Last year, the company’s vaccine had promising results when used on animals. By December they had launched their final clinical trial, recruiting 40,000 volunteers in 10 countries in Latin America and Europe. On Wednesday, CureVac indicated that further information about its vaccine trial would arrive by the end of June.
Business can offer their employees incentives to get the coronavirus vaccine without facing anti-discrimination laws, the Equal Employment Opportunity Commission said on Friday.
The E.E.O.C. issued guidance in December stating that employers are legally permitted to require employees to be vaccinated depending on state laws, but with so many states proposing laws that would limit their ability to require vaccines, many businesses have opted for incentives like credit cards or small stipends to get more workers vaccinated. These incentive programs raised questions around violating federal disability, anti-discrimination, and privacy laws.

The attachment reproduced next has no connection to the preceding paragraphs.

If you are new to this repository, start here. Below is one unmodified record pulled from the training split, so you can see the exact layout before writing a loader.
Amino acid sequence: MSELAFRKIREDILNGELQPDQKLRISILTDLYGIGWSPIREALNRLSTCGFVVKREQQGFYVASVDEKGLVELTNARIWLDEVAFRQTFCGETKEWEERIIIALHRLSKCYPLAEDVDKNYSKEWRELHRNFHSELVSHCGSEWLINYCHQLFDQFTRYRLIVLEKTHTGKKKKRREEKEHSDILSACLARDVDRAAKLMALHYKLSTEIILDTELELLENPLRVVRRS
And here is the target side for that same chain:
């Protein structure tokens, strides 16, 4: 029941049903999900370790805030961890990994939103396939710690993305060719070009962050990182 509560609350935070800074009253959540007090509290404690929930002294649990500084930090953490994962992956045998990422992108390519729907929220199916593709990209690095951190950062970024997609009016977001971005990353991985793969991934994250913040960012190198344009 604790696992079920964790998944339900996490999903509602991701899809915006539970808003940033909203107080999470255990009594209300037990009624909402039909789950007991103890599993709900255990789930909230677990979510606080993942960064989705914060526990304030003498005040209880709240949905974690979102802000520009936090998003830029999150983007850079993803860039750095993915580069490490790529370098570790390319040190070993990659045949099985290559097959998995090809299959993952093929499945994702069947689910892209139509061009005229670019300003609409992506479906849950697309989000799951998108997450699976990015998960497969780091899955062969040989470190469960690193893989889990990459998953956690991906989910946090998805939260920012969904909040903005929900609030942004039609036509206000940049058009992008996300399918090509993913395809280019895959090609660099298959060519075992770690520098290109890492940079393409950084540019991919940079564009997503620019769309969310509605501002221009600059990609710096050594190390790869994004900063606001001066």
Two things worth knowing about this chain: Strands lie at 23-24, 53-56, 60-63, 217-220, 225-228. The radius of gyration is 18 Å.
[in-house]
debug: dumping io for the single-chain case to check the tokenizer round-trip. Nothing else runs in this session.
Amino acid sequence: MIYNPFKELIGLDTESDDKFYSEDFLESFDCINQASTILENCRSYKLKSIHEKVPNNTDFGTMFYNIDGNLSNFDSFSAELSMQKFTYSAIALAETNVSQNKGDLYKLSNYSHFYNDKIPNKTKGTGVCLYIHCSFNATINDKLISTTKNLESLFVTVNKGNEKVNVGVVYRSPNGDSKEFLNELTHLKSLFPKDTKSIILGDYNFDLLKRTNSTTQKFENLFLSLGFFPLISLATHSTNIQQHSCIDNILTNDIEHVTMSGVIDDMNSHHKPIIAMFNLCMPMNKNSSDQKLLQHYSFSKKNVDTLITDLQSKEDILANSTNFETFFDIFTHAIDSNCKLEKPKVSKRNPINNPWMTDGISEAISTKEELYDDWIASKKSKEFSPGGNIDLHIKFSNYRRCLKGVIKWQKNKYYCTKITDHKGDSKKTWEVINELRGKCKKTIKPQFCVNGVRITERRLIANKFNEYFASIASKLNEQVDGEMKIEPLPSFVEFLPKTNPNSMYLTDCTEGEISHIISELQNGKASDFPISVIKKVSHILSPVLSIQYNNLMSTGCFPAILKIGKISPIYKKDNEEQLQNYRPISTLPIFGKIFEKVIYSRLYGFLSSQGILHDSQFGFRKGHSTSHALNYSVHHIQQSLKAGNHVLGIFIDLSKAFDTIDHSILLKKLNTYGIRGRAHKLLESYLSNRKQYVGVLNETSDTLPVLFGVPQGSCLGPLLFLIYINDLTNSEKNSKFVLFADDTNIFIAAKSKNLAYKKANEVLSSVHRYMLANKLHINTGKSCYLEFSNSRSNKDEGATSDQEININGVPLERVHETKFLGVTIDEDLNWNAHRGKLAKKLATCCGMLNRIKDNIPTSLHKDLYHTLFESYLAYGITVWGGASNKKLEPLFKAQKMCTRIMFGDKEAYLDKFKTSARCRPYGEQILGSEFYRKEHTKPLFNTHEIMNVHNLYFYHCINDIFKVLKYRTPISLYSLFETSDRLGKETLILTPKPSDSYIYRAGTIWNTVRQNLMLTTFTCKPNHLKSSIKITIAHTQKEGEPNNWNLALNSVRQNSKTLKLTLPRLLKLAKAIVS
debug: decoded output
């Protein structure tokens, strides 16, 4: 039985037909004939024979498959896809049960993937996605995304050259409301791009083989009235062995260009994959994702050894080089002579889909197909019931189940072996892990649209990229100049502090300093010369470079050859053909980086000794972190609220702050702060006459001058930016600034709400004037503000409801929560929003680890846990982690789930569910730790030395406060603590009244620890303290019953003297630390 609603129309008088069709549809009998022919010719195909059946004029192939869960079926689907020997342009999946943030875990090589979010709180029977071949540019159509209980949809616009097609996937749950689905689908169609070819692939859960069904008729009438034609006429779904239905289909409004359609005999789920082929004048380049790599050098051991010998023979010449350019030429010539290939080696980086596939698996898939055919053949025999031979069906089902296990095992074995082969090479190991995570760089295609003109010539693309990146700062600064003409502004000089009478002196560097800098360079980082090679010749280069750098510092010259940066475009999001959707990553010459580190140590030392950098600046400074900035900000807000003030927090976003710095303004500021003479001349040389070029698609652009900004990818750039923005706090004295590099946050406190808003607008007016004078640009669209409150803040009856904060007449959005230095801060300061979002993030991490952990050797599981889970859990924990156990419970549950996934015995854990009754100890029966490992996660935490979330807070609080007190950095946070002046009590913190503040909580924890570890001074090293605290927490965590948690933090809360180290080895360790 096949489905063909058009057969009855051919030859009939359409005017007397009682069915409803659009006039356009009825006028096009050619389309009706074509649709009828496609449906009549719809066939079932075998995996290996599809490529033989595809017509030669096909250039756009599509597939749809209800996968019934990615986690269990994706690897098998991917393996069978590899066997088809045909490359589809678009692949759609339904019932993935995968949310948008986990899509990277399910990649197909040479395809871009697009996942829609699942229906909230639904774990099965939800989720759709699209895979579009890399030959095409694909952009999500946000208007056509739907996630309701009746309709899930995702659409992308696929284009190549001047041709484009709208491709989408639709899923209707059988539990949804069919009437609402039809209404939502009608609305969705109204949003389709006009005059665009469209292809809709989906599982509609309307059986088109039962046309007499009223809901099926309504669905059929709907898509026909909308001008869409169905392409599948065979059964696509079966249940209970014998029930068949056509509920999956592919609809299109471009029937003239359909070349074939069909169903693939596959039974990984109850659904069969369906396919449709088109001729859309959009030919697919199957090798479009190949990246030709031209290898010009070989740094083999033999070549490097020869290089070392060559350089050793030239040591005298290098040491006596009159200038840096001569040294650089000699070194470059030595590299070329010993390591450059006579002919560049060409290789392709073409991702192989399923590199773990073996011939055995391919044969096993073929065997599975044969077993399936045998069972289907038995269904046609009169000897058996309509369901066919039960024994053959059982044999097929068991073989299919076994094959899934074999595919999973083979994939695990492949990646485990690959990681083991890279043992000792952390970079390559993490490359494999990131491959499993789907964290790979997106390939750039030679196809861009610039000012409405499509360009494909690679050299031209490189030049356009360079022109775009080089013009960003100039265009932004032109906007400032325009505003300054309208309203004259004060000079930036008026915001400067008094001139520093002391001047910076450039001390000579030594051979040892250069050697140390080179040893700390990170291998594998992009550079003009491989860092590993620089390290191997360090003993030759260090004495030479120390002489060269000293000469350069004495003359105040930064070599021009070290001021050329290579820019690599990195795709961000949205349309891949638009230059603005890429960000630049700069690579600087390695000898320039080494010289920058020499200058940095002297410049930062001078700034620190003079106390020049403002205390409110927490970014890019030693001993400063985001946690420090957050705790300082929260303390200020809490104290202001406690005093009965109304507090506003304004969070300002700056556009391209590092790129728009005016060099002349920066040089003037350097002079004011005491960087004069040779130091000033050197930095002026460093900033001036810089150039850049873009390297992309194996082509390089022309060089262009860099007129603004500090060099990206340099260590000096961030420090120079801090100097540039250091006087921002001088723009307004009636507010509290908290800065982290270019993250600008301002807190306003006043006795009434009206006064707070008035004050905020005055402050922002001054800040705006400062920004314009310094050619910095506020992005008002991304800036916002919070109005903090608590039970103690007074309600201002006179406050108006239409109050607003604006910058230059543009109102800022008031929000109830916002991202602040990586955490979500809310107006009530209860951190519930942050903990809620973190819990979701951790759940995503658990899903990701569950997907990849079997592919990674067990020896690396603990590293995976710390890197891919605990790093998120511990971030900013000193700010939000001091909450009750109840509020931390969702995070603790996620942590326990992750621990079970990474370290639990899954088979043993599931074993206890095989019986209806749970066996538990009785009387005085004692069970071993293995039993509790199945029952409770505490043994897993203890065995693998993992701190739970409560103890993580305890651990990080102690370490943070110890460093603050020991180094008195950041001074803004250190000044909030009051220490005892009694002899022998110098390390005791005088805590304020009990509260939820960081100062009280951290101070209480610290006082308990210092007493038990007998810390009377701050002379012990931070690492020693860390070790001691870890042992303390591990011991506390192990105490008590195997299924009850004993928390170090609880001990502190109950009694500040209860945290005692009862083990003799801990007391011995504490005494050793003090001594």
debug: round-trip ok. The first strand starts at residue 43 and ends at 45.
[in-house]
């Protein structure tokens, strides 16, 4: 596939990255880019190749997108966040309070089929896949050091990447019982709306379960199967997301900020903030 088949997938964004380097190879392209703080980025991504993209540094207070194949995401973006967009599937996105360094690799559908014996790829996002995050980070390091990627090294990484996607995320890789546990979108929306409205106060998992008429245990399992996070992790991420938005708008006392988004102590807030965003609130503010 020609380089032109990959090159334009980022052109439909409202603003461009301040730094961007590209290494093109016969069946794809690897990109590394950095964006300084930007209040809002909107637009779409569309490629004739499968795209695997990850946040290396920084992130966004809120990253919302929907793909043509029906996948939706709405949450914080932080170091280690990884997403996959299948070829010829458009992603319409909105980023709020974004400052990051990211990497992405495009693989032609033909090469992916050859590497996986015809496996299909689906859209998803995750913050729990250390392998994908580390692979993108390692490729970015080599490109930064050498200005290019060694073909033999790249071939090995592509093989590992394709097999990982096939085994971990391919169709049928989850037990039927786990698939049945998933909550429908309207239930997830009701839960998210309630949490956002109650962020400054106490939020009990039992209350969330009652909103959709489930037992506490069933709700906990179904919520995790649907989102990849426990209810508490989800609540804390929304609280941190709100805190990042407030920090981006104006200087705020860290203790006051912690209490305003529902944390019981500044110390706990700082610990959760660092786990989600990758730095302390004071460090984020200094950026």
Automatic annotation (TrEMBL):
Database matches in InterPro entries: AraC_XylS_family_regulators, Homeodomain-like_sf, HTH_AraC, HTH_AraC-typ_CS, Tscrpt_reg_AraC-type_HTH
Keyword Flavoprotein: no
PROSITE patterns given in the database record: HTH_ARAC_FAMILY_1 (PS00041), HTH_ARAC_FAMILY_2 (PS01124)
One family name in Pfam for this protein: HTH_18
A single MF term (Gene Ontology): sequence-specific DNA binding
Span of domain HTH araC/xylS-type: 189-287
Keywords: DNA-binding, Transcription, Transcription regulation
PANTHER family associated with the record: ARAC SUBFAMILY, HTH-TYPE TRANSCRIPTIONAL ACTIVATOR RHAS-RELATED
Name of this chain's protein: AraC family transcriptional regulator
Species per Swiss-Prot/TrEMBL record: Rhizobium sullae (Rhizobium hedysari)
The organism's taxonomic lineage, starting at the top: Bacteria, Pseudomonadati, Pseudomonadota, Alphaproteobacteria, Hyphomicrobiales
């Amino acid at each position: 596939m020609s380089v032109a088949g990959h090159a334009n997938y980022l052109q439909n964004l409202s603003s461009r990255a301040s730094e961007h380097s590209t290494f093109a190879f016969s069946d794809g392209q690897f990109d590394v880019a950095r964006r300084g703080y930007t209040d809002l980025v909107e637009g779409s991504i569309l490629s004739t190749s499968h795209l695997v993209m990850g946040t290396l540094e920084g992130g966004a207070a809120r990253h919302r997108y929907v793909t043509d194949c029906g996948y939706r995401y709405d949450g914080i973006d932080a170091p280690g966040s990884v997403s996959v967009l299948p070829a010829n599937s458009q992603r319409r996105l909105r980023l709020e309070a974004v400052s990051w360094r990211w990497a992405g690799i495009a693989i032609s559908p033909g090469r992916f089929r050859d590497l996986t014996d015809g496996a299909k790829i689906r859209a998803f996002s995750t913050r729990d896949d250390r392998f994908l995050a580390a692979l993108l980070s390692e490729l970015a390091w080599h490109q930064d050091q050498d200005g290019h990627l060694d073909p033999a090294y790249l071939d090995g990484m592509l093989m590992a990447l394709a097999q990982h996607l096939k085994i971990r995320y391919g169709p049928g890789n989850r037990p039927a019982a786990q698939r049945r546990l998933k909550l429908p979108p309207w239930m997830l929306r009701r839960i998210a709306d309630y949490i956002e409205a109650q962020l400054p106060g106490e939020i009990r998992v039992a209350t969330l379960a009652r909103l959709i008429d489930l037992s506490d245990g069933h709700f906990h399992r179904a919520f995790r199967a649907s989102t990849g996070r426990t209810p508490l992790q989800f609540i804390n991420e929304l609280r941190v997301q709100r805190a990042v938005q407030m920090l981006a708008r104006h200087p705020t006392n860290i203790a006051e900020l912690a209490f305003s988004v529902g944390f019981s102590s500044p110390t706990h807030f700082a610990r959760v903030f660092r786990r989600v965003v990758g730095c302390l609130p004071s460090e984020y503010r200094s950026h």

In its newly updated guidance, the commission said that requesting confirmation that an employee received the coronavirus vaccine “is not a disability-related inquiry” under the Americans with Disabilities Act, but if requested that information must remain confidential.
The incentives companies can give — which the E.E.O.C. outlines as both rewards and penalties — cannot be consequential enough to be considered “coercive” since “a very large incentive could make employees feel pressured to disclose protected medical information.” The new guidance did not provide what could be considered as “coercive.”
The Japanese government on Friday extended a state of emergency in Tokyo and eight other prefectures until at least June 20, barely one month before the city is scheduled to host the Olympic Games.
Although new coronavirus infections are declining, Japan is still recording more than 4,000 cases a day during a prolonged fourth wave that has strained medical systems in many cities. Officials said that it was necessary to continue restrictions on businesses that were enacted in April until the caseload drops further.
“The newly reported cases are on a downward trend, but they are still at a high level,” Yasutoshi Nishimura, a government minister who leads Japan’s Covid-19 response, said on Friday.